There were a couple other vehicles stopped along the narrow road and the only place I could get close was to pull past them, which meant the birds were backlit to me, with the swans between me and the sun. Parking a distance and walking back was not an option I considered, because the swans are okay with a vehicle but not so much with people on foot.
I figured, what the heck, I have plenty of swan photos. Nonetheless, I picked up the camera and pointed the lens out the window. I adjusted the exposure compensation down a couple steps, in an effort to not blow out the white feathers.
Noticing the swans were essentially backlit, I snapped a couple shots and checked my exposure.
I was stunned!
Whatever I did--and I'm not taking much credit for it--magic happened. The water was transformed from a murky green to black and the pure white swans on black was dramatic!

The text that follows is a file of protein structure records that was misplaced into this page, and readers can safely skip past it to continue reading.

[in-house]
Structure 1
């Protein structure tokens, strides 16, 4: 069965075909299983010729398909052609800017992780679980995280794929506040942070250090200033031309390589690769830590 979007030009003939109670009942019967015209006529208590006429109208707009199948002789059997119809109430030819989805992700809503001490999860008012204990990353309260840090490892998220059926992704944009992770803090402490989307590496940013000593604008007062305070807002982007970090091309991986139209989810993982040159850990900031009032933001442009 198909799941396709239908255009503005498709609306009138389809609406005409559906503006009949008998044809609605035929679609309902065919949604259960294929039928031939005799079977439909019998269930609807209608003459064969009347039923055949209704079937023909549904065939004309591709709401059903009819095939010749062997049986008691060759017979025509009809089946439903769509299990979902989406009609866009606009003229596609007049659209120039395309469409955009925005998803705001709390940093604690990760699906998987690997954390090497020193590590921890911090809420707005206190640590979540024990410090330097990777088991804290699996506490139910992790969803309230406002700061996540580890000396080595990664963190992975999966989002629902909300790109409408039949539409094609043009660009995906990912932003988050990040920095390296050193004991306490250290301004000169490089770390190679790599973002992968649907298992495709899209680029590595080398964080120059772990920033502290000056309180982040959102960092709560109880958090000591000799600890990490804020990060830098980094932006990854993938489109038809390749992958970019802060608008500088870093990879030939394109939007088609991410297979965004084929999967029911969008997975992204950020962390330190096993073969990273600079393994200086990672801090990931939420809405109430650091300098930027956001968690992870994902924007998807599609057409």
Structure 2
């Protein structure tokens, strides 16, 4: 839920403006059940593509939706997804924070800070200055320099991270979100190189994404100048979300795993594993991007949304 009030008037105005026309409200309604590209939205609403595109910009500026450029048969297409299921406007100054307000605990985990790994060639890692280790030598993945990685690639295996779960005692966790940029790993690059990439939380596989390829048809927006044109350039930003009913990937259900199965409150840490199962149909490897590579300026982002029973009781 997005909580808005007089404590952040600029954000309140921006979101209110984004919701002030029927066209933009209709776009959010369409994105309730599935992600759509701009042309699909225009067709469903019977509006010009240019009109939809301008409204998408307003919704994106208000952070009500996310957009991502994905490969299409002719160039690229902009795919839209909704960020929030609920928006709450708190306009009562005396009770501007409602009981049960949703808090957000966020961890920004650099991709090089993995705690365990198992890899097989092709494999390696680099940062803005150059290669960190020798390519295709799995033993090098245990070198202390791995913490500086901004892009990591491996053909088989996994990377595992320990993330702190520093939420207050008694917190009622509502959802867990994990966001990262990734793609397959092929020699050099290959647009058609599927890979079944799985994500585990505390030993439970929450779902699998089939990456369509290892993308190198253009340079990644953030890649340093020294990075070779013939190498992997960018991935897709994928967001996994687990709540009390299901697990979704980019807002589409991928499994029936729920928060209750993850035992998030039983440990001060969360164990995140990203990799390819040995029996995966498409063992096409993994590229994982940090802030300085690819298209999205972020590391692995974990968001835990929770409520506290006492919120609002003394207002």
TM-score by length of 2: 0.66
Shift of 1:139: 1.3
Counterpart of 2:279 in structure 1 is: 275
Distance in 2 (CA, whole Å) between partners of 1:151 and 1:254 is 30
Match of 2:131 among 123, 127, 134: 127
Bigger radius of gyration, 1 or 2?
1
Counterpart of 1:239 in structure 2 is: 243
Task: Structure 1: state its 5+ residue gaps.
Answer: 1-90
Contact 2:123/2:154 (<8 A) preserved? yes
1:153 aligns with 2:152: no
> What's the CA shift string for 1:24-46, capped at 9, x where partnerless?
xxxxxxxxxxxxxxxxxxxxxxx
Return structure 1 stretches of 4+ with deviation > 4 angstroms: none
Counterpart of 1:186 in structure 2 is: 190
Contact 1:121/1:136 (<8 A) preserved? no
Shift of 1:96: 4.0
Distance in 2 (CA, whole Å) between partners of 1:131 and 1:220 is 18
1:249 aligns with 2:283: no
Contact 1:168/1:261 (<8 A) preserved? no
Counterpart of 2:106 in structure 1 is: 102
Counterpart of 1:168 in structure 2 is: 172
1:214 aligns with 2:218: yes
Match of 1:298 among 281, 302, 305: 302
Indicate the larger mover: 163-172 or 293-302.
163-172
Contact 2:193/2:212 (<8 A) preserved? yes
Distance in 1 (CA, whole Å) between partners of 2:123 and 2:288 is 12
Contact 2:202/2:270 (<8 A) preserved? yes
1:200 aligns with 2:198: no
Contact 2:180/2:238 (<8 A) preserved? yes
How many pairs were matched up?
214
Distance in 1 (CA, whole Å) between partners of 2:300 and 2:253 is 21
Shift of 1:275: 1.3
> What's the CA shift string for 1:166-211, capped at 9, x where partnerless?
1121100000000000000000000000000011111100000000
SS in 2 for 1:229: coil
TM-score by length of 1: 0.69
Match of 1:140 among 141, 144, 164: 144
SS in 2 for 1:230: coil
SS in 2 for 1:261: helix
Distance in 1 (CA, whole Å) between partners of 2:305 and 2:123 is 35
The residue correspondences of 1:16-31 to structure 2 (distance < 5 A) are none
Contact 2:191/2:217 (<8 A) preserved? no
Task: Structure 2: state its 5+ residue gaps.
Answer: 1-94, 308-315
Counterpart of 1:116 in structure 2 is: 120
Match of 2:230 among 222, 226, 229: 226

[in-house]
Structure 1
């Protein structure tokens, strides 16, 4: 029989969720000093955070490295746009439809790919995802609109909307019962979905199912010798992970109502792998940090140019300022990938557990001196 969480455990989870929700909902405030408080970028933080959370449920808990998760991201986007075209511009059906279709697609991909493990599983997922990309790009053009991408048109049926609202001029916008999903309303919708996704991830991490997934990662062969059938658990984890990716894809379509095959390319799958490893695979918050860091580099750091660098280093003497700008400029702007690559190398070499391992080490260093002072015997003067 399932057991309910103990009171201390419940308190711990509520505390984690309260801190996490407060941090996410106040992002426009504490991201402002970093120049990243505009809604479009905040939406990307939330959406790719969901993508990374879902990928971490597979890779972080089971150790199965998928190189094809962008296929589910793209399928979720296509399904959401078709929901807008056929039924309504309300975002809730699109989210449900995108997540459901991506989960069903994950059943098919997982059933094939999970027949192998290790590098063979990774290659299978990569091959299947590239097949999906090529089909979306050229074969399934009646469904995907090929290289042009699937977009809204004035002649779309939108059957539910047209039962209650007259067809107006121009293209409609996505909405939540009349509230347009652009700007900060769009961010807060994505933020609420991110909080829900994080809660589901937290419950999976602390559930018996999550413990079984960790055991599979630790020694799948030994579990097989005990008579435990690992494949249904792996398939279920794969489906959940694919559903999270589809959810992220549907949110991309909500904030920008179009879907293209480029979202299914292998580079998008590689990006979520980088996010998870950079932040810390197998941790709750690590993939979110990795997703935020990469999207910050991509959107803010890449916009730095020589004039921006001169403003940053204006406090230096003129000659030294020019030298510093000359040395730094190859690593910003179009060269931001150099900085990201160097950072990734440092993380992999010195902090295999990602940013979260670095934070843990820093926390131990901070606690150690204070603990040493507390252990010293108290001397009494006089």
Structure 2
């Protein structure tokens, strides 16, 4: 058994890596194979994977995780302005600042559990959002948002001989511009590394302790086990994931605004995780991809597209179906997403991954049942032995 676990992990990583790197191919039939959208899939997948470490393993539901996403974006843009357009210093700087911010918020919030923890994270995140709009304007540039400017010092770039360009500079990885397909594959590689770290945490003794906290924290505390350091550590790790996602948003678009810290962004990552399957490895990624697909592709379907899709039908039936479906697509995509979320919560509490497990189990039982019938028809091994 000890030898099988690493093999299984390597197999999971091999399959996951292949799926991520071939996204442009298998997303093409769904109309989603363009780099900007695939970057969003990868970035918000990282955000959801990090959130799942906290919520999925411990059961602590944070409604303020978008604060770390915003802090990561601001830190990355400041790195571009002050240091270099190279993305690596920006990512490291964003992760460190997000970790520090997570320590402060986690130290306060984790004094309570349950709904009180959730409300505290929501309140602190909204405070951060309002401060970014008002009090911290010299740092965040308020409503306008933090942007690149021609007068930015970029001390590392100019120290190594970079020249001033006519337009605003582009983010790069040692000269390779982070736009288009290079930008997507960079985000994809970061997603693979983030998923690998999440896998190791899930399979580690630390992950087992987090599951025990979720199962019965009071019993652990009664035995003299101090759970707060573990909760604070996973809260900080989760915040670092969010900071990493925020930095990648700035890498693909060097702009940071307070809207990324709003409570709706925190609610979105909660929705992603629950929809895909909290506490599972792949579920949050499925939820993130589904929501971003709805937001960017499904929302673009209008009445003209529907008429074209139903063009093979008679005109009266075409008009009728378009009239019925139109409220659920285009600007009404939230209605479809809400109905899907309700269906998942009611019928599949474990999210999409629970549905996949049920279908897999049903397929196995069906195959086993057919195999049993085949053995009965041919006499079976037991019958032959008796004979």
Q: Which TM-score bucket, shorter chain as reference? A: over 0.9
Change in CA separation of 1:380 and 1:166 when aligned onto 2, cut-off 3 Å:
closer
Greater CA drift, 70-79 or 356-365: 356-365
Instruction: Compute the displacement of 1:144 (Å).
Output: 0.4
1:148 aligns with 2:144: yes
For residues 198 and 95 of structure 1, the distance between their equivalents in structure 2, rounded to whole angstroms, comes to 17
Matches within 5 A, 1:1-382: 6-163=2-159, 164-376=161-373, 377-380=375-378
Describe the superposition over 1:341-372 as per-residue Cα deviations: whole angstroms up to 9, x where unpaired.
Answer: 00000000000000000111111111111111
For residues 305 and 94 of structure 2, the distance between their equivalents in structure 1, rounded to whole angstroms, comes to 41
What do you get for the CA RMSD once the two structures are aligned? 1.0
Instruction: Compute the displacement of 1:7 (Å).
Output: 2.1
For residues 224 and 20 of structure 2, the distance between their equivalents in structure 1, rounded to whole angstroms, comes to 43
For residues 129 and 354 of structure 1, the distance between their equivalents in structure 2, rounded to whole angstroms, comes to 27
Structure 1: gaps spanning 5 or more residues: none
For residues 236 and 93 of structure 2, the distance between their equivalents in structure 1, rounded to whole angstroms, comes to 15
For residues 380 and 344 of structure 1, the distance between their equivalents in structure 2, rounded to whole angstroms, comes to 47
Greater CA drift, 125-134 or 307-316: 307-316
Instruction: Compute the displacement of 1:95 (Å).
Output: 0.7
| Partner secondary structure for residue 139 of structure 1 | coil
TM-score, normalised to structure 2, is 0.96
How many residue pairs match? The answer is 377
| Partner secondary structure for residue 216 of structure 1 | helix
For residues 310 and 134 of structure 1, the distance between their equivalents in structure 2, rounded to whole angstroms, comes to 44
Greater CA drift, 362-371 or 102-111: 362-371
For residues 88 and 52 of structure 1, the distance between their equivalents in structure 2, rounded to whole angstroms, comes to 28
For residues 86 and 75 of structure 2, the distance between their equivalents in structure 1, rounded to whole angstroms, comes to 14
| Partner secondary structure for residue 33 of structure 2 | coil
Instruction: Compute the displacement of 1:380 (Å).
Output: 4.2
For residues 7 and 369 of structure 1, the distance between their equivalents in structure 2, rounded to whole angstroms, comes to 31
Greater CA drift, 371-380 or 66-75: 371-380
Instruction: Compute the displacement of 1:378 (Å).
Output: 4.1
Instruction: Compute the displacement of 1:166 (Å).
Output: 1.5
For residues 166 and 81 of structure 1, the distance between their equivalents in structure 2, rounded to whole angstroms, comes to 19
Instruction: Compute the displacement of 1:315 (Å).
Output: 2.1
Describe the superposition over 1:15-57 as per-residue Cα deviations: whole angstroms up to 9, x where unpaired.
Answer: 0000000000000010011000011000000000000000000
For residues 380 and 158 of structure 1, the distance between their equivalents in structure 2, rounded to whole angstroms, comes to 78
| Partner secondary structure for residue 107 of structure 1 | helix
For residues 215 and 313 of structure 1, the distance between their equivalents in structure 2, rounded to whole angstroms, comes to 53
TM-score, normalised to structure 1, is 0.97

|What the light was really like.|
|What happened with exposure adjustment.|
I then snapped off a bunch of photos of these beautiful birds, taking advantage of the last light before the sun fell behind a ridge.
Even a female mallard got in the photos. The mallards are opportunistic feeders, hanging around the swans and scooping up whatever vegetation the swans miss after they rake it up from the bottom of the pond.
|At this point, I think she was telling the swans to stop preening and get back to feeding her.|
|Her boyfriend stayed on the far side of the pond, as far from the gathering paparazzi as he could.|
So, I learned a great lesson. Sometimes it's best if you don't get what you think you want. I've applied that to other factors in my life, but never before to photography. That night I wanted to be in a certain position and couldn't. If I had, my photos would have been ordinary swan photos.
Instead, I got drama!